Analysis |

By Providing Face-recognition Software, Israeli High-tech Is on the Wrong Side of Justice

Unlike the employees of Google, who protested selling face-recognition technology, Israeli developers ignore their technology’s use in monitoring civilian populations

Amitai Ziv
Amitai Ziv
"ייתכן שהטכנולוגיה משמשת לתפיסת מחבלים, אבל היא חלק מפרויקט שרומס את זכויות האדם של הפלסטינים"
Screenshot from video showcasing Anyvision face-recognition technology.Credit: Youtube screenshot
Amitai Ziv
Amitai Ziv

Microsoft is ostensibly a liberal company. It spearheads the fight in the tech arena for equal rights for single-sex couples, it hired the first float in Tel Aviv’s pride parade, and its website elaborates extensively on global diversity and inclusion in employment.

But the company’s employees should know, in case they don’t, that the company recently invested in surveillance technology that is used to monitor an entire population. It monitors not only suspects, but also innocent people in a certain militarily occupied territory.

>> Read more: This Israeli face-recognition startup is secretly tracking PalestiniansSurveillance, political threats, daily discrimination: What it’s like to be a Palestinian citizen in Israel | Opinion

The employees of Qualcomm should also know that it invested in the very same company, as did the U.S. venture capital fund Lightspeed. The company in question, Anyvision, employs roughly 30 scientists from Belfast who presumably know a thing or two about occupation and bloody conflicts. These are all on the side of injustice.

Haaretz Weekly Ep. 34Credit: Haaretz

The state may use Anyvision technology to catch terrorists, of course, but the technology is part of a project trampling Palestinian rights and wouldn’t just pass without criticism in a law-abiding nation. There are no such systems in the streets of Tel Aviv, for example, and if there had been, there would have been a justifiable howl of protest. Nor would a system of the sort be thinkable inside Jewish settlement in said territory, even if it had security benefits.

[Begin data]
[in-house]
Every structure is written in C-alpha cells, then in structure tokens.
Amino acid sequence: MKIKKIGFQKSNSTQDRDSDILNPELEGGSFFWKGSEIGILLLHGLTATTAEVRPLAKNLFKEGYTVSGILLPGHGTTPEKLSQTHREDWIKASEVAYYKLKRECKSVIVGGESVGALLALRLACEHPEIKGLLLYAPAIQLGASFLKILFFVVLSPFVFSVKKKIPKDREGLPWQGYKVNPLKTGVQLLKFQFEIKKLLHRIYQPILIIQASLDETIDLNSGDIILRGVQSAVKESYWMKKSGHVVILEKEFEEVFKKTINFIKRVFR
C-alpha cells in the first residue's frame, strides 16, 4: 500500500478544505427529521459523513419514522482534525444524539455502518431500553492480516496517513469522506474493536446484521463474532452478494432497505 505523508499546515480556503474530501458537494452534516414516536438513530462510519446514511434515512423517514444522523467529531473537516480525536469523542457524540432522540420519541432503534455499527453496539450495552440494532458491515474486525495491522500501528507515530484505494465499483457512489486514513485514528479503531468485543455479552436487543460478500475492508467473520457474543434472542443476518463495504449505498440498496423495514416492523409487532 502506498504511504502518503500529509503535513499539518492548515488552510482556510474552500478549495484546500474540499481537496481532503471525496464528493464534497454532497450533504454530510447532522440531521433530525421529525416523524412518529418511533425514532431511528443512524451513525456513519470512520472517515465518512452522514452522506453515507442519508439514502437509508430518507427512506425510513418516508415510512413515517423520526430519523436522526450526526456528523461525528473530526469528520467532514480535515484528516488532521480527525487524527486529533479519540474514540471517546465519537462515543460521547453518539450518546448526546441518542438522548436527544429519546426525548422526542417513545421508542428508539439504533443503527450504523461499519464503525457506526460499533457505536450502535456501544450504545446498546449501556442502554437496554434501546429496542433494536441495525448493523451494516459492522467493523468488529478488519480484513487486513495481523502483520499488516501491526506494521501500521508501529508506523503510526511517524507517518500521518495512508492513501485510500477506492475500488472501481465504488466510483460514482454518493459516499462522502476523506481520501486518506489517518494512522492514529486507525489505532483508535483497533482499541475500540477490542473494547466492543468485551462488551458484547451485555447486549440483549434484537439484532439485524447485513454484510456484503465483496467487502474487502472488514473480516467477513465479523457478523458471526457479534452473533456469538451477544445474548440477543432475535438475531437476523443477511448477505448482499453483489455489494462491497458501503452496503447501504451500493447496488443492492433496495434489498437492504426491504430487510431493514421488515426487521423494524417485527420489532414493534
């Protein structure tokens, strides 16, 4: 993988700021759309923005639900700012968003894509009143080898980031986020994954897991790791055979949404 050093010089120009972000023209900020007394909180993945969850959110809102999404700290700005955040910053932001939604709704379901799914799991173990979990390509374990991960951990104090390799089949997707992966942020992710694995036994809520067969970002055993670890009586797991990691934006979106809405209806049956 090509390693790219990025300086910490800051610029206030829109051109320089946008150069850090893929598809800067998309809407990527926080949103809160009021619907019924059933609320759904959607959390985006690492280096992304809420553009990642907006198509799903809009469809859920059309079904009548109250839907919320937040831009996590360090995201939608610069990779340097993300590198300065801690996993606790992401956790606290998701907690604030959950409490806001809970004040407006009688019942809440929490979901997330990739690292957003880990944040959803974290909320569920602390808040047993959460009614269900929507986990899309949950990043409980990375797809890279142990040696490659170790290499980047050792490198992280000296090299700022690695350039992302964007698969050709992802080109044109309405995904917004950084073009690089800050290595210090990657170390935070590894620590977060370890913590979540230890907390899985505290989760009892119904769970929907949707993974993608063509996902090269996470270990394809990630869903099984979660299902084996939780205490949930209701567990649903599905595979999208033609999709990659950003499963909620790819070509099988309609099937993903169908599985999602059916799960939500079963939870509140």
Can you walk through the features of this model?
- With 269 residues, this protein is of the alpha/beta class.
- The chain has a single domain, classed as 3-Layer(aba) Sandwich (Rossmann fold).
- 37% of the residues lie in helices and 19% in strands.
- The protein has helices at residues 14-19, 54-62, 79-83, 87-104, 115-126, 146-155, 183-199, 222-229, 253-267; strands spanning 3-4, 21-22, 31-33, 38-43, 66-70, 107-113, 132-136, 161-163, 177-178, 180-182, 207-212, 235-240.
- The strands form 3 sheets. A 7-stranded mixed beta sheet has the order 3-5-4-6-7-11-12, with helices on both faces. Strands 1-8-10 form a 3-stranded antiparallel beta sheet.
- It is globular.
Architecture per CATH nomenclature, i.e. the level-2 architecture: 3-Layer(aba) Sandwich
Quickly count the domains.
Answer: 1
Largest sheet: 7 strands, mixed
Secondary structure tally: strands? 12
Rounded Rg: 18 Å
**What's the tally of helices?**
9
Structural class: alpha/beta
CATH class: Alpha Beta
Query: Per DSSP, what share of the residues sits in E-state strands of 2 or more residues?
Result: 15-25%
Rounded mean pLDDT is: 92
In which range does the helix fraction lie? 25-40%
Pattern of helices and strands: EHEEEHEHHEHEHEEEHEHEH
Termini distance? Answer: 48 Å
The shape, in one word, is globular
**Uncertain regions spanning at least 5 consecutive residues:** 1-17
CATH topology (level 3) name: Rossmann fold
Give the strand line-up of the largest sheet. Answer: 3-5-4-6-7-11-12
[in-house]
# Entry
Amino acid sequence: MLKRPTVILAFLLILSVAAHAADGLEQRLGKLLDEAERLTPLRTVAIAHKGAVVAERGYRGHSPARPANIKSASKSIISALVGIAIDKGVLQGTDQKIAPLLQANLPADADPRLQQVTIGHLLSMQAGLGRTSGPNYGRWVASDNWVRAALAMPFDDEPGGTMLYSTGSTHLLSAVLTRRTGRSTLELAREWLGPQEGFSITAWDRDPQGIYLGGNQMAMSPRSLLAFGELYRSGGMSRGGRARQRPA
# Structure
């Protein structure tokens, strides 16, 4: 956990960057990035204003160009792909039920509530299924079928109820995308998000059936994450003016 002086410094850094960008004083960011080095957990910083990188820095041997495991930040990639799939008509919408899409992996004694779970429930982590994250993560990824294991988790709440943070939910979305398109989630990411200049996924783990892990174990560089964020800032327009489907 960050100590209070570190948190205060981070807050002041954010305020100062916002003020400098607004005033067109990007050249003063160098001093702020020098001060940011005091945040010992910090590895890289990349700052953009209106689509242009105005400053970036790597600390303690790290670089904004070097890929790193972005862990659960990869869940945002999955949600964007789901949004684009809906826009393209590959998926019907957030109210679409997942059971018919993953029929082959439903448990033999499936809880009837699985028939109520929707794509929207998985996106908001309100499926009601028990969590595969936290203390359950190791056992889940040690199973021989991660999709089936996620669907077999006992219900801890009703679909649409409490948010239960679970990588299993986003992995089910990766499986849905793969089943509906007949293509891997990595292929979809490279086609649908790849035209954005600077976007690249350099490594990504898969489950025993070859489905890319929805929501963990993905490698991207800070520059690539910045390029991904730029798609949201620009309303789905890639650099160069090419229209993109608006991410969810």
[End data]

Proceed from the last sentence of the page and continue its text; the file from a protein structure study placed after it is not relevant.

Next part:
Mass surveillance in general and facial identification technology in particular arouse difficult ethical questions, and warrant open public debate.

The gap between the engineers of Silicon Valley and the engineers in Israel at these companies is mystifying. Engineers in Silicon Valley aren’t afraid to take a moral position. Take the Google employees who protested in 2018 against the company selling facial-recognition technology to the Pentagon and police.

The engineers in Israel, however, are indifferent to the Israeli army’s use of the technology they develop. With a few exceptions - Israeli high-tech is consistent in ignoring issues outside the general consensus.

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